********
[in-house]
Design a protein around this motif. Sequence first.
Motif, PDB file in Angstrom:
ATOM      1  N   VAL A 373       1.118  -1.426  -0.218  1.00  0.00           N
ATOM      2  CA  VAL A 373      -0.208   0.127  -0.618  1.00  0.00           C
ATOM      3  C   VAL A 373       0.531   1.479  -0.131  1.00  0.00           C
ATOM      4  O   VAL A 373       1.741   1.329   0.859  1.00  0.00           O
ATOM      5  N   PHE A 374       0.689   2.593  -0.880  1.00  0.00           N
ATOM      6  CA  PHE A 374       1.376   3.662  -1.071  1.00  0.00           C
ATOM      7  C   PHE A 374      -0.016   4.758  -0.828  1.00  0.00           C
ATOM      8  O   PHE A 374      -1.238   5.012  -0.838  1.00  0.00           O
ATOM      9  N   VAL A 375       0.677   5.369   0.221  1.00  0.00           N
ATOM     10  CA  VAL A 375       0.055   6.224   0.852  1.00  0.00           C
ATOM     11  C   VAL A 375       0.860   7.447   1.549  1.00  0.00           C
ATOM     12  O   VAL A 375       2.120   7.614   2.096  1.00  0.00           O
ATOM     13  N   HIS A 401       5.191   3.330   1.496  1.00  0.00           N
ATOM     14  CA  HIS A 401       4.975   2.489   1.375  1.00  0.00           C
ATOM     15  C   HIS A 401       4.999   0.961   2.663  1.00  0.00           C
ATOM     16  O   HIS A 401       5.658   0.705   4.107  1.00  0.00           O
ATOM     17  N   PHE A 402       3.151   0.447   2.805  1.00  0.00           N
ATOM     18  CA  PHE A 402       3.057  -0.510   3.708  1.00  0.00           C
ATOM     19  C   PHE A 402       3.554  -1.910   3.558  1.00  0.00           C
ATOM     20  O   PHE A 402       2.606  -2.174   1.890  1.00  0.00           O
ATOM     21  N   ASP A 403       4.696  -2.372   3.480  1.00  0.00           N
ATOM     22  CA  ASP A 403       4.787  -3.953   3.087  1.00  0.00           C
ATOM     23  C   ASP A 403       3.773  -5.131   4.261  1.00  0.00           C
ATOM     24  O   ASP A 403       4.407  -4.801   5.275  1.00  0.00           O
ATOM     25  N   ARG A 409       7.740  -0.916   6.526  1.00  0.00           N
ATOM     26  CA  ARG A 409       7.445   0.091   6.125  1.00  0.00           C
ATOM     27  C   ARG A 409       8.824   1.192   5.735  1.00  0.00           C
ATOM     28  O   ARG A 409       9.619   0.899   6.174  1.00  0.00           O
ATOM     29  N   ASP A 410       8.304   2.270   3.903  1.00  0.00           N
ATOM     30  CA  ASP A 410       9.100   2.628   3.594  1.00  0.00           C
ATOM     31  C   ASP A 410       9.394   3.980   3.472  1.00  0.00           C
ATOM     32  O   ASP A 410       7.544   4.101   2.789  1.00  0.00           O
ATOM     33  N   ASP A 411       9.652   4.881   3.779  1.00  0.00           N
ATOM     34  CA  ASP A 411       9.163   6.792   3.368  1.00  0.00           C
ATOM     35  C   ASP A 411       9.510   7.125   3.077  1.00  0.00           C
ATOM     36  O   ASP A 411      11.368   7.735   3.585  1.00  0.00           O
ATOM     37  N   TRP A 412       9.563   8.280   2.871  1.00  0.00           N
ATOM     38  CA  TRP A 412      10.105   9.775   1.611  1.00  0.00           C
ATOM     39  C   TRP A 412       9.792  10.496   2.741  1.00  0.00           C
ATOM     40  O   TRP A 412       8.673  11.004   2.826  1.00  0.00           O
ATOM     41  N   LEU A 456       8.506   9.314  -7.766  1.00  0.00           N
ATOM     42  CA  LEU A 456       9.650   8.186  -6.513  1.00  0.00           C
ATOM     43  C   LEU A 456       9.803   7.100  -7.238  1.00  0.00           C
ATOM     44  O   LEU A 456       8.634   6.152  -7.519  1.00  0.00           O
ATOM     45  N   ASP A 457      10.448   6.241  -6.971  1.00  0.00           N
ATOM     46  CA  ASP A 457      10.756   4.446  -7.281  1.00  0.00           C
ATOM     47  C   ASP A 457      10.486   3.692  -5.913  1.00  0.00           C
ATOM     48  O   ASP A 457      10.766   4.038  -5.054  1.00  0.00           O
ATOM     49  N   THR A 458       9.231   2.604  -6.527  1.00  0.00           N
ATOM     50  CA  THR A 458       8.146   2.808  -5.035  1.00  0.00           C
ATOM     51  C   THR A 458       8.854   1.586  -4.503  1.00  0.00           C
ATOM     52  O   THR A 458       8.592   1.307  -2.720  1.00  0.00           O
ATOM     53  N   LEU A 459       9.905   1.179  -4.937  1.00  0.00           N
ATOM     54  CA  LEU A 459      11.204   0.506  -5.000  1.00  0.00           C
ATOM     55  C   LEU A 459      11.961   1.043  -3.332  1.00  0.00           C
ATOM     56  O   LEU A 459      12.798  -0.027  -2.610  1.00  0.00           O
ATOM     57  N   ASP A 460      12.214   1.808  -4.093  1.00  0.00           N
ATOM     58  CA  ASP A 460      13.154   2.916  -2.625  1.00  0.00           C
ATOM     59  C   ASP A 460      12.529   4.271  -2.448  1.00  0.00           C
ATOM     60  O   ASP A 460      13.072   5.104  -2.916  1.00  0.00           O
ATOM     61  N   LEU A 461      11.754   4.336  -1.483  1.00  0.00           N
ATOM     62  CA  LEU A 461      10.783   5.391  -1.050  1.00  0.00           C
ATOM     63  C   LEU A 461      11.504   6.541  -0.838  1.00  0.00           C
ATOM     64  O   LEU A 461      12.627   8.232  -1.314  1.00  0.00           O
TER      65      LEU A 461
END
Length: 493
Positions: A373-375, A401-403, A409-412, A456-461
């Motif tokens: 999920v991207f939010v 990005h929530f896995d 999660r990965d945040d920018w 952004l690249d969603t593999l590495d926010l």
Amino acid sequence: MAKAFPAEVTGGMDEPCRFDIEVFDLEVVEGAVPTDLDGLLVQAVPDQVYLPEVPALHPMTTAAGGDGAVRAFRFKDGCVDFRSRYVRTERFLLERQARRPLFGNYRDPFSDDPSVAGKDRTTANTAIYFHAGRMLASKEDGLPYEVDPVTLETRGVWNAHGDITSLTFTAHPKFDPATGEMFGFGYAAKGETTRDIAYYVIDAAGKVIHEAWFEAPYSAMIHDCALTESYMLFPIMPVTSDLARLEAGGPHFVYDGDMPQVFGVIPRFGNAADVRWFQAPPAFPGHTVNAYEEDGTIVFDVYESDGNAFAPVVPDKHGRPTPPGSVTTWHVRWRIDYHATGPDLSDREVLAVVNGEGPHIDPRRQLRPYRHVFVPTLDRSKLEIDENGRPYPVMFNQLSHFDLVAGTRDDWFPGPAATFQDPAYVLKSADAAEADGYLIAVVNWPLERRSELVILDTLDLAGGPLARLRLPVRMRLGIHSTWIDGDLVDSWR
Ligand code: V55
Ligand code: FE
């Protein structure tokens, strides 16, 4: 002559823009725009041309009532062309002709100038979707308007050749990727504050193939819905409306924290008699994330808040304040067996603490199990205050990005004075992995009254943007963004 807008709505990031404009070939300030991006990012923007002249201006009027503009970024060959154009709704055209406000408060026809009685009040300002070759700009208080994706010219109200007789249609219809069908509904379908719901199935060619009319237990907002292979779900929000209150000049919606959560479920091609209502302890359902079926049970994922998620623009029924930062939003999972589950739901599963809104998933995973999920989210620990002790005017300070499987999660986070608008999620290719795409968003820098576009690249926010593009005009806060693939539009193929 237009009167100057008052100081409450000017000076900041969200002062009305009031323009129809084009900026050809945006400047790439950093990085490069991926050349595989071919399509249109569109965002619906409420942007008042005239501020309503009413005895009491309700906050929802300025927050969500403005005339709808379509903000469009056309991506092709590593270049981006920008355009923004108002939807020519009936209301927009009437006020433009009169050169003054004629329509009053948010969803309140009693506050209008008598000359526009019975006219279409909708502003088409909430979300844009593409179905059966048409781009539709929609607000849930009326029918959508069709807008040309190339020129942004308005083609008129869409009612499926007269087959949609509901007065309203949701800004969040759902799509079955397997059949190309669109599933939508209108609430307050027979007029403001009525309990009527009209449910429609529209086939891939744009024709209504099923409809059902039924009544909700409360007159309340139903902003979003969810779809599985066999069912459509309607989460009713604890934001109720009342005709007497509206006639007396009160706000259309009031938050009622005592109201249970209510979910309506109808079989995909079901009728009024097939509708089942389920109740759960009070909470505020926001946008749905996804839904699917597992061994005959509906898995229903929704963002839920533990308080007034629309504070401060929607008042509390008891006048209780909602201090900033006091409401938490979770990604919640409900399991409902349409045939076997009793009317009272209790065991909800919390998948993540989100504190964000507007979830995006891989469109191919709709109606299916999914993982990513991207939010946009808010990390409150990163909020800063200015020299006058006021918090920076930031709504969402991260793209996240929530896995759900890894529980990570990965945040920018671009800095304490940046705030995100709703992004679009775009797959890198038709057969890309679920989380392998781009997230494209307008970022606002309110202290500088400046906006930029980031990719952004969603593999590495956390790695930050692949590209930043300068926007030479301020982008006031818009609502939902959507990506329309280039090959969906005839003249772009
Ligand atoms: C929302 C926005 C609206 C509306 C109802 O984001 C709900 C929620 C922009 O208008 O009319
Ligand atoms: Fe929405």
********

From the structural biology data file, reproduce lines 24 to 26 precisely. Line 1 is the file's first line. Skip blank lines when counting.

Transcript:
ATOM     21  N   ASP A 403       4.696  -2.372   3.480  1.00  0.00           N
ATOM     22  CA  ASP A 403       4.787  -3.953   3.087  1.00  0.00           C
ATOM     23  C   ASP A 403       3.773  -5.131   4.261  1.00  0.00           C